ZURICH, SWITZERLAND - OCTOBER 20: FIFA World Cup Trophy is presented after the FIFA Executive Committee Meeting on October 20, 2011 in Zurich, Switzerland. During this third meeting of the year, held on two days, the FIFA Executive Committee will approve the match schedules for the FIFA Confederations Cup Brazil 2013 and the 2014 FIFA World Cup Brazil. (Photo by Harold Cunningham/Getty Images)

By Peter Berlin

The 2018 football World Cup has kicked off in Russia, and people around the globe are by now glued to their radios, televisions, and laptops, living each save, each goal, every triumph, every loss. Excitement reigns, but at the same time, some are also turning their thoughts to the future, to 2022 and beyond. Organising and hosting an event on the scale of the World Cup is a massive undertaking, as FIFA, the governing body of world soccer, the OECD, and even the voters of the Swiss canton of Valais, know well.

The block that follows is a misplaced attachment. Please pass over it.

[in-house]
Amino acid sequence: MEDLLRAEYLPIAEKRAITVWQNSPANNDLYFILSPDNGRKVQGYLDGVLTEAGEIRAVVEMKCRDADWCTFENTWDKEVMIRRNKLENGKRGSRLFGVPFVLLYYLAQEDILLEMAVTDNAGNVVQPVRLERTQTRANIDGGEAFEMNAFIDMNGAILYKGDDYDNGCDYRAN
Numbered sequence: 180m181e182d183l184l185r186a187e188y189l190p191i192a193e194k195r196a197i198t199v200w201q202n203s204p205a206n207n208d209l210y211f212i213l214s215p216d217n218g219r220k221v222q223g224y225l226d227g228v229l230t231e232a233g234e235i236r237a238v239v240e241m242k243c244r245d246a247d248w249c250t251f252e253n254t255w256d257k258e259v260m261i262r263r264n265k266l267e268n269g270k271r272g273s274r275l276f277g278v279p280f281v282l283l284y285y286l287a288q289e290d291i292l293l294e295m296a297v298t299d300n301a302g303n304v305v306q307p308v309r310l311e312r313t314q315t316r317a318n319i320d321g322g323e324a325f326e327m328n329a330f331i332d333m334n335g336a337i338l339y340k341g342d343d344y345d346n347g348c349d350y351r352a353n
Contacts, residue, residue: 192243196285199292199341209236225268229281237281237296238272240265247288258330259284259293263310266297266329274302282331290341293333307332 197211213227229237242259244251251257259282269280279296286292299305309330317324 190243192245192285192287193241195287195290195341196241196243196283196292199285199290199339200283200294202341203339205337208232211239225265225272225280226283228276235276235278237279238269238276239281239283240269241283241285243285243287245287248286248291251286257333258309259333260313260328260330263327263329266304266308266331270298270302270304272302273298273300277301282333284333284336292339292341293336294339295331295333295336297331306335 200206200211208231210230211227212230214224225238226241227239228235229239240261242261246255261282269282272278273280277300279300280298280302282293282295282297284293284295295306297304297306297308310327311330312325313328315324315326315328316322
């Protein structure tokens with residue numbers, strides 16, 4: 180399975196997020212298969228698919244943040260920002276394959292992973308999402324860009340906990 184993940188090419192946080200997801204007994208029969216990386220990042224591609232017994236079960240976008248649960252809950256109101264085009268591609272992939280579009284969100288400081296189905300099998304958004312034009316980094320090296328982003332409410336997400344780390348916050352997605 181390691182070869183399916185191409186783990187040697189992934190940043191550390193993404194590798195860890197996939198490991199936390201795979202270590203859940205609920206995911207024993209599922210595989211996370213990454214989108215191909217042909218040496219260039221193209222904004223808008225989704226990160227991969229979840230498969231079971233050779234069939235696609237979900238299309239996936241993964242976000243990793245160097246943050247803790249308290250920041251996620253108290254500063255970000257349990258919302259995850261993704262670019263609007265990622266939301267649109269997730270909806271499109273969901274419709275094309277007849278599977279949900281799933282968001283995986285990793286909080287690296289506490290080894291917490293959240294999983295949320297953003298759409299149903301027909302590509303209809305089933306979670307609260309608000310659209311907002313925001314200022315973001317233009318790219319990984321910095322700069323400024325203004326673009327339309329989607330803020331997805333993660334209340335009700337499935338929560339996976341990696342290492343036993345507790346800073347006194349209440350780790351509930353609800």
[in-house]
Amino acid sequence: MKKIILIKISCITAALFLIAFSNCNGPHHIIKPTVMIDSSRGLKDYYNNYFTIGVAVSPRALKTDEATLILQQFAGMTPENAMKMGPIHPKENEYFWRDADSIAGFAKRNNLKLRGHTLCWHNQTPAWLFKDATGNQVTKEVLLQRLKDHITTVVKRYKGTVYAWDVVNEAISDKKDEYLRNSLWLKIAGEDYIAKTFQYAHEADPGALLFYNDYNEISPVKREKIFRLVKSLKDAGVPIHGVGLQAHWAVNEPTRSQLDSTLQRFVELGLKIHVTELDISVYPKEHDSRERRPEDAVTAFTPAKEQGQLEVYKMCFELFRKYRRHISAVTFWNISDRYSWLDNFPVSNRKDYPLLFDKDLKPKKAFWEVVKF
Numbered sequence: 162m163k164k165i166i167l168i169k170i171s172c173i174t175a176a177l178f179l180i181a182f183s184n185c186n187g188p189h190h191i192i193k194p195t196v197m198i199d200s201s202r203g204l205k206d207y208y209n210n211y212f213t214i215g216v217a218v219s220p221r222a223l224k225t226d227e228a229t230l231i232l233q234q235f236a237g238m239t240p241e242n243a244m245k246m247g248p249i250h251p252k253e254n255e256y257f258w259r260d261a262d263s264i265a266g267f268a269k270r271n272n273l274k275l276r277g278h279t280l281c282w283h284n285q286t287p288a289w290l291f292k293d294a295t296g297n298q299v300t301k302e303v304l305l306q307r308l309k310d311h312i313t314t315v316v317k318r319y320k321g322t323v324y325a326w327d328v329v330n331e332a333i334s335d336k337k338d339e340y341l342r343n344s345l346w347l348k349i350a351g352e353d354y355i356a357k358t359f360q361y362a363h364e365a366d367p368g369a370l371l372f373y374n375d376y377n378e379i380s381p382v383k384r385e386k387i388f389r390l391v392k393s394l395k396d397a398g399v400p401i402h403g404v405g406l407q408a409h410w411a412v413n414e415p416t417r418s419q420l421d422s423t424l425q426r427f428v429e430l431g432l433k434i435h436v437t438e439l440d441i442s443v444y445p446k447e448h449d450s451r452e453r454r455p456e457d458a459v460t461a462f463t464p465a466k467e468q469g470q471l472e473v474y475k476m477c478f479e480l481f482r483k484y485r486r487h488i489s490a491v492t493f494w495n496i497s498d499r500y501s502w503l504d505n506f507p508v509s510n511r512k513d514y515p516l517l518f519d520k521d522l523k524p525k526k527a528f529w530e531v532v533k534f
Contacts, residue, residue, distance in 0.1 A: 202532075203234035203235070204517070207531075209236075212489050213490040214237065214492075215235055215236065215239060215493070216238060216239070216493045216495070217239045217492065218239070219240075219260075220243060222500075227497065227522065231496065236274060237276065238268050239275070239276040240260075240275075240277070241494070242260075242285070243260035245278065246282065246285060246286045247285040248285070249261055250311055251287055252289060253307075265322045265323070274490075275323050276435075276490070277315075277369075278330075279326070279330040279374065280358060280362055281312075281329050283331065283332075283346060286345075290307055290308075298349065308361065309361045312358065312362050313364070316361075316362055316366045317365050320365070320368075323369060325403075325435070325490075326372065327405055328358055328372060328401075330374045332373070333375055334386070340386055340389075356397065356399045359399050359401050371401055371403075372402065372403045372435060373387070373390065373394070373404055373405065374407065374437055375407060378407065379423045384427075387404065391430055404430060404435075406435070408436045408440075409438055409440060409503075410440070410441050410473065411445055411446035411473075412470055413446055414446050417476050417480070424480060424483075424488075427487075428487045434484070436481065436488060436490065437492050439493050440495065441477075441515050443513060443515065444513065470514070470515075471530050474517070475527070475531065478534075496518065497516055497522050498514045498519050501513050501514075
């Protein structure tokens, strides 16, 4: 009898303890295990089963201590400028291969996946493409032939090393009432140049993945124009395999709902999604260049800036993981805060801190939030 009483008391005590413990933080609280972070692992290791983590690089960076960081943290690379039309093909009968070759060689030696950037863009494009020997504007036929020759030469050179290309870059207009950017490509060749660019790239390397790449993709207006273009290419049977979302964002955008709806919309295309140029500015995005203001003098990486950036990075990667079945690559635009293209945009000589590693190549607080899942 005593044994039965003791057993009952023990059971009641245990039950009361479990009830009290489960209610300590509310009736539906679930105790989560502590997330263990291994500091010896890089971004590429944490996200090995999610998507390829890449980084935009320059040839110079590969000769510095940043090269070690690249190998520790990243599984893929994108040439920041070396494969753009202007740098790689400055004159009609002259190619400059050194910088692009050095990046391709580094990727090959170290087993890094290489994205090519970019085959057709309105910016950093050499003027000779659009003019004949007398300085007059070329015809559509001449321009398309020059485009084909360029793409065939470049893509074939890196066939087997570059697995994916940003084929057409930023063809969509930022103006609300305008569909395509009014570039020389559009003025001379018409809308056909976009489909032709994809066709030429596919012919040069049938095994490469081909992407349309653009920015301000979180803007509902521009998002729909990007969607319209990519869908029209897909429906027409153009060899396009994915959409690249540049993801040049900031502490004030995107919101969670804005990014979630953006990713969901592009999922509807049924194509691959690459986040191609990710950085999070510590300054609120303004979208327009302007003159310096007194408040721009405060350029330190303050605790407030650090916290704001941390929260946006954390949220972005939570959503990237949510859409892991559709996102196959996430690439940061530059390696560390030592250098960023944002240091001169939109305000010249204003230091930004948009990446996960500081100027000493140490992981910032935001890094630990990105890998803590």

On 30 May, the Organisation for Economic Co-operation and Development (OECD) Council Recommendation on Global Events and Local Developmentwas endorsed by ministers at their annual meeting in Paris, just a couple of weeks before the World Cup opening ceremony in Moscow, and as the French capital begins its preparations to host the Olympic Games in 2024.

The OECD document offers a blueprint for events of limited duration but global reach, which can include exhibitions and cultural festivals as well as major sports competitions. Hosting a major event can be a catalyst for social and economic betterment, and policymakers have a role to play in making sure such events bring value for money and that their impact on local communities and the environment is properly and openly assessed. The OECD Recommendation, which is the first of its kind, can help, the intention, as Secretary-General Angel Gurría said, being to encourage “sensible and efficient investment” that contributes to job creation and transparent management. Organisers need to ensure that the benefits are shared “before, during and after the events”.